A study of survival rates at the St Andrew’s Centre for Plastic Surgery and Burns in Chelmsford has shown big improvements in the last few decades. The burns unit saves as many lives as American burns units that are better equipped.
In the 1980’s children had 50% survival rate after severe burns but now medical treatment results in close to 100% survival rate.
One of the medical changes is that doctors are more aggressive with the removal of burnt skin. By removing burnt and dead skin earlier there are fewer complications during the recovery process.
The British Burn Association agree that this news is very exciting. It shows how improving medical procedures can sometimes be as important as investing in the latest technologies.
Chelmsford Burns Unit
The Chelmsford burns unit, St Andrew’s Centre for Plastic Surgery and Burns, treats around 75% of all serious burns victims in the South East and London.
The director of the Chelmsford burns unit, Peter Dziewulski F.R.C.S., worked with burns specialises in Texas where he learned the new skin removal procedures. He is on the Executive Committee on the British Burn Association and is on the Editorial Committee of the Burns Journal.
In 2009 St. Andrews won an award for its breast cancer reconstruction services.
The study was published in the Journal of Trauma.
“The Baux score is dead. Long live the Baux score: A 27-year retrospective cohort study of mortality at a regional burns service” by Roberts, Geoffrey MA, BM BCh, MRCS; Lloyd, Mark MRCS; Parker, Mike MSc; Martin, Rebecca FRCA; Philp, Bruce FRCS; Shelley, Odhran FRCSI; Dziewulski, Peter FRCS. Journal of Trauma and Acute Care Surgery: January 2012 – Volume 72 – Issue 1 – p 251–256 doi: 10.1097/TA.0b013e31824052bb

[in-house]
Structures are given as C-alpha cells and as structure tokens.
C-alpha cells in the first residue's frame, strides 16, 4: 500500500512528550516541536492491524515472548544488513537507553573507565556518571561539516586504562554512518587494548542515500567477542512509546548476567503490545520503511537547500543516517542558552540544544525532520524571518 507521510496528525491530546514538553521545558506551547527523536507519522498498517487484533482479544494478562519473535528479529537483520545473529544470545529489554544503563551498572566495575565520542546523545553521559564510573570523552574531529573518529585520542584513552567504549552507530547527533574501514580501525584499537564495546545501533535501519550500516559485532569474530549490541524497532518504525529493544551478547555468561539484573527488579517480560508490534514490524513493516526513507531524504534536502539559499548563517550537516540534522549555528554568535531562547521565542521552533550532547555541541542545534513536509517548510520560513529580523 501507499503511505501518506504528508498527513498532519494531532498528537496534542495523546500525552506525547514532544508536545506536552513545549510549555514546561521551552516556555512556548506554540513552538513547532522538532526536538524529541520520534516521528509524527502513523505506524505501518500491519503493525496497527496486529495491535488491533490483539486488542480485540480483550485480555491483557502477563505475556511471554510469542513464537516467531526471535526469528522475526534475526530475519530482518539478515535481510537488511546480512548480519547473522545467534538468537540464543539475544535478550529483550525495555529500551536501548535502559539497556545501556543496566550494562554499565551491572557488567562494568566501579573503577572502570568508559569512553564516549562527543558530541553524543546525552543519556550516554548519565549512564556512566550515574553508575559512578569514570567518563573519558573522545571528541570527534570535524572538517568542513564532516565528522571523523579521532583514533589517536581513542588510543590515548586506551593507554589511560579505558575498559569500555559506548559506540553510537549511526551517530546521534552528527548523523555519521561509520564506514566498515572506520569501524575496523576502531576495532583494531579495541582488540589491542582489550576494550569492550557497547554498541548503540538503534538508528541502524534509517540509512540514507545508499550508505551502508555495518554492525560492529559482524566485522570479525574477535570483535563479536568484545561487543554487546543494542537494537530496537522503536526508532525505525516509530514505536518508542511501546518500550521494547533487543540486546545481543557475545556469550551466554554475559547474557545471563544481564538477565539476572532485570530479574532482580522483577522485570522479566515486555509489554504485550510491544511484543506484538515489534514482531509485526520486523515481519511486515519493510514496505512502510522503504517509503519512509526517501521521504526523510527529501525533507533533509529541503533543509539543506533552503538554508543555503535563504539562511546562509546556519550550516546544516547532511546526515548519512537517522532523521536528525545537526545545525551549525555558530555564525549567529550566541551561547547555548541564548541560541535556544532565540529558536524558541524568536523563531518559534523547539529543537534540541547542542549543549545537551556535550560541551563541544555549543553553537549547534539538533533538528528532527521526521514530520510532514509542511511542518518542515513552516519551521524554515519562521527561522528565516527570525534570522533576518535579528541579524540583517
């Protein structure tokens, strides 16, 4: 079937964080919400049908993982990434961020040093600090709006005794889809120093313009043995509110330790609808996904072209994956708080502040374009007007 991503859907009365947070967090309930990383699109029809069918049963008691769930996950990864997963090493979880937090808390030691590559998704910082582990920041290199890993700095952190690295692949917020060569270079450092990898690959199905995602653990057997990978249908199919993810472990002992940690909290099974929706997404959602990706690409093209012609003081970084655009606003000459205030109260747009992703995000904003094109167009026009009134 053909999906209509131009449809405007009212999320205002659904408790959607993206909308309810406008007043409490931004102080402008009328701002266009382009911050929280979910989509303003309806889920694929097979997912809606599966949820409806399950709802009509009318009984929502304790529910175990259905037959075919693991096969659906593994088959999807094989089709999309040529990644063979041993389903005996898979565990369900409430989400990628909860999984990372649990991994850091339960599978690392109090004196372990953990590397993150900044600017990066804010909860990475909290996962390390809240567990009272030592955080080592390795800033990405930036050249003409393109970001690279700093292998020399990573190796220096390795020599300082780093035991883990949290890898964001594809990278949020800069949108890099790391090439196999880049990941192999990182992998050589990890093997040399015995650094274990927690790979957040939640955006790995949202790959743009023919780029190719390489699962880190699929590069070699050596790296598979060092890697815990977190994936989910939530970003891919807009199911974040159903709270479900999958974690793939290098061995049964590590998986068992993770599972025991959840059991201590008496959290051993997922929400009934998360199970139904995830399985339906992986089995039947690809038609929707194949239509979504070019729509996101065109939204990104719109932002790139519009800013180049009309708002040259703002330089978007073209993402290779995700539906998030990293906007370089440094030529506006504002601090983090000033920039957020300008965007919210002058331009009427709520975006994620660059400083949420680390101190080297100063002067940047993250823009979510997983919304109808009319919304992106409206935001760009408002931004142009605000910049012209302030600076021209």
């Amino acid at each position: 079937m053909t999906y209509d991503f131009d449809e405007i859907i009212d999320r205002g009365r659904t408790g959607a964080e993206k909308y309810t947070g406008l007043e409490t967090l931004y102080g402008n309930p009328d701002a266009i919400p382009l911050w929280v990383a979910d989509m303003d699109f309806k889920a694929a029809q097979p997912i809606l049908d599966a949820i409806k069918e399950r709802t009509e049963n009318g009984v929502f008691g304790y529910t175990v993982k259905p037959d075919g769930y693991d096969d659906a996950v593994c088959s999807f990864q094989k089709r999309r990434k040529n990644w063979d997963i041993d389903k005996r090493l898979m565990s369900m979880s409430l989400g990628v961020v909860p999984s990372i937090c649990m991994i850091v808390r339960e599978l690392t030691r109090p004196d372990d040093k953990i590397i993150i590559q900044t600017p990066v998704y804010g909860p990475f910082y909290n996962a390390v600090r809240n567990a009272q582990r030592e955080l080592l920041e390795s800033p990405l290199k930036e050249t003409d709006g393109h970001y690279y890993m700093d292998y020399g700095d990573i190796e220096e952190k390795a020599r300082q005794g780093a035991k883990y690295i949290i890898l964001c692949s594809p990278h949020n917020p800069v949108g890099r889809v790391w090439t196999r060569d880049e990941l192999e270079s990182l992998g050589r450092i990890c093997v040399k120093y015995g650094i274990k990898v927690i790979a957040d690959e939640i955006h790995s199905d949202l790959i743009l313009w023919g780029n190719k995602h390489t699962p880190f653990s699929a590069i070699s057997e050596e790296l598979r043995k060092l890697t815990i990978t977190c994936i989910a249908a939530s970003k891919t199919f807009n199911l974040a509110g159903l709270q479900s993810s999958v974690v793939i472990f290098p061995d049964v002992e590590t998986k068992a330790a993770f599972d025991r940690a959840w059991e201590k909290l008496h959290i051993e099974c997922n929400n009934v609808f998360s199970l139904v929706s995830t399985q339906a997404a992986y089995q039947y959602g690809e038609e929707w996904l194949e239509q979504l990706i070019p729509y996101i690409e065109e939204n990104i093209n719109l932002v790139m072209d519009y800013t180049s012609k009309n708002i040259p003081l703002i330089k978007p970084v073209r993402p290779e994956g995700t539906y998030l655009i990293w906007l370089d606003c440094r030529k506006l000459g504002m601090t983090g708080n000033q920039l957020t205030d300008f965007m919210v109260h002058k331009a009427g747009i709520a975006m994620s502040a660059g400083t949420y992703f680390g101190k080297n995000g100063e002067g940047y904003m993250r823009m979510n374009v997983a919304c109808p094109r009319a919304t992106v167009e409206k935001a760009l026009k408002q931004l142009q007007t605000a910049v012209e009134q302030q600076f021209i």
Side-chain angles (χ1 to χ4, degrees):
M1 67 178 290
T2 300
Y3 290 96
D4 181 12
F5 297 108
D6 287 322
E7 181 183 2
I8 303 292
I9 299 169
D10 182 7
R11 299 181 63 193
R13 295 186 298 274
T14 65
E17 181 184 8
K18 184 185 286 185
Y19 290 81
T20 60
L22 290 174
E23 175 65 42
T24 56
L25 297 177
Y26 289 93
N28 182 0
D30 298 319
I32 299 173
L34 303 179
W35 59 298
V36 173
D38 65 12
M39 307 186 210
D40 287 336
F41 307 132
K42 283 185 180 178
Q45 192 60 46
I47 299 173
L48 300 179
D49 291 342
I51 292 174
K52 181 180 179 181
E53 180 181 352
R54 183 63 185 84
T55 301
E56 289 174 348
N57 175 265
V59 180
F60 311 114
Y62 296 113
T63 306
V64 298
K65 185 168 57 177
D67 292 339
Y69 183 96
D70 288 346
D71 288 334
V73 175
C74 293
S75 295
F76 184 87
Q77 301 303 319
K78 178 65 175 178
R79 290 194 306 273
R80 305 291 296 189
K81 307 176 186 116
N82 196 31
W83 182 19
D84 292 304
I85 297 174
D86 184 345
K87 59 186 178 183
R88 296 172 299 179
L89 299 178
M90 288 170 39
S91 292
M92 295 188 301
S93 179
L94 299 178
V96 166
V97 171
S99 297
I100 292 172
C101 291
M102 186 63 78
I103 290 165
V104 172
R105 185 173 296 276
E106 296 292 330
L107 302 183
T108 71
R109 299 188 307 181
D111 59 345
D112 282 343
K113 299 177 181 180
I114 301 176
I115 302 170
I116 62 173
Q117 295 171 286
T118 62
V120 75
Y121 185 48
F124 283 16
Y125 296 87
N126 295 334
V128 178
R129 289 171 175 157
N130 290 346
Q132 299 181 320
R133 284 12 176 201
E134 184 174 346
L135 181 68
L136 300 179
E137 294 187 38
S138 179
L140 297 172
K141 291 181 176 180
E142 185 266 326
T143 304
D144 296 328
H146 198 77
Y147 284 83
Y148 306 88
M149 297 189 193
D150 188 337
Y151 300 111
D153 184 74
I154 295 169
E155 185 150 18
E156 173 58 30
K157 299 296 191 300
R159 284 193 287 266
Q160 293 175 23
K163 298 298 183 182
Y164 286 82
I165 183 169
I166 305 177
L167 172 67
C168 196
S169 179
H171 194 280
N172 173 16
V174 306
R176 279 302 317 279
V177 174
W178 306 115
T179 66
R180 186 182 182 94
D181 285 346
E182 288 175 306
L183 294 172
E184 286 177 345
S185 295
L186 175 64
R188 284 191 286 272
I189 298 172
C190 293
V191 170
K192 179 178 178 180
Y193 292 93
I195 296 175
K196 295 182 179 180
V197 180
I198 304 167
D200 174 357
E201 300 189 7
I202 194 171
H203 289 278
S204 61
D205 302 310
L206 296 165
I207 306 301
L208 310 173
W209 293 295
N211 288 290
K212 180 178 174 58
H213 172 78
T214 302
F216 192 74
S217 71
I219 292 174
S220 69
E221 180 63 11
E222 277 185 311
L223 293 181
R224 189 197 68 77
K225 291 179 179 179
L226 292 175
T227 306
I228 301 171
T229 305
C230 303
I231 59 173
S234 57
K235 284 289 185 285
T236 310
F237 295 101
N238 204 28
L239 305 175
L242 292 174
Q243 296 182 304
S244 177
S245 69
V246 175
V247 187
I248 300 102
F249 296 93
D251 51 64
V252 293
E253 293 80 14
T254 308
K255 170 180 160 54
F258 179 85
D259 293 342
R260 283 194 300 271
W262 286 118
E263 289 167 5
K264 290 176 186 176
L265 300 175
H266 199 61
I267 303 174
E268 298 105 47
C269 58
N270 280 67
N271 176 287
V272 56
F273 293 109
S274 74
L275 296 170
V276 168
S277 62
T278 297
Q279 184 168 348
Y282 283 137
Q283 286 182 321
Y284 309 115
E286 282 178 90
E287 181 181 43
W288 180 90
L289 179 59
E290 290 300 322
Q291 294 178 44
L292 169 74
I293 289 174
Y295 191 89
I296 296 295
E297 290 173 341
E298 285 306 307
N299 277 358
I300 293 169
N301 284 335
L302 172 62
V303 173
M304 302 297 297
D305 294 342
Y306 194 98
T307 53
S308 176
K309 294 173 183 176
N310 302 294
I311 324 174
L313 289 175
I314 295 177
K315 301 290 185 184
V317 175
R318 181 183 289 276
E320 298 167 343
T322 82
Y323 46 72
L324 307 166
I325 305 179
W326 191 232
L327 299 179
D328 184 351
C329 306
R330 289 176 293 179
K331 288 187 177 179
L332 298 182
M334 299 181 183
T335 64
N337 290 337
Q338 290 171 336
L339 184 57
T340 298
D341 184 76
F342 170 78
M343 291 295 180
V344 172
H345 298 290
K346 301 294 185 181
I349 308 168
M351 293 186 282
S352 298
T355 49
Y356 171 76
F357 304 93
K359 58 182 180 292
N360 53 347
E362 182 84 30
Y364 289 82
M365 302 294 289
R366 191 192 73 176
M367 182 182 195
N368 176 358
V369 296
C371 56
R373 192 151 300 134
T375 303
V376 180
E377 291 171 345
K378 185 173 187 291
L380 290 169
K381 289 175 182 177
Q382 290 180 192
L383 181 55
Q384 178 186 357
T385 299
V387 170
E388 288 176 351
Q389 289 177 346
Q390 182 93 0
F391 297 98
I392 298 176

Background: To assess trends in mortality after burn injuries treated in a regional specialist burns service between 1982 and 2008.
Methods: Patient and burn-specific information and mortality were collated from written admission ledgers and the hospital coding department for 11,109 patients. The data set was divided into age cohorts (0–14, 15–44, 45–64, and >65 years) and time cohorts (1982–1991, 1992–2000, and 2000–2008). Lethal area 50 (LA50) was calculated by logistic regression and probit analysis. Mortality was related to the Baux score (age + total % burned surface area) by logistic regression.
Results: In the time period 2000 to 2008, the LA50 values with approximate 95% confidence intervals (CIs) were 100% (CI, 85.5–100%) in the 0 to 14 cohort (LA10, 78.3%; CI, 64.1–92.5%), 76.4% (CI, 69.1–83.8%) in the 15 to 44 cohort, 58.6% (CI, 50.8–66.5%) in the 45 to 64 cohort, and 30.8% (CI, 24.7–36.9%) in the >65 cohort. The point of futility (the Baux Score at which predicted mortality is 100%) was 160 and the Baux50 (the Baux score at which predicted mortality is 50%) was 109.6 (CI, 105.9–113.4) in the 2000 to 2008 cohort.
Conclusions: Mortality is markedly improved over earlier data from this study and other historical series and compares favorably with outcomes published from the US National Burn Repository. The Baux Score continues to provide an indication of the risk of mortality. Survival after major burn injury is increasingly common, and decisions by nonspecialist about initial triage, management, and futility of care should be made after consultation with a specialist burn service.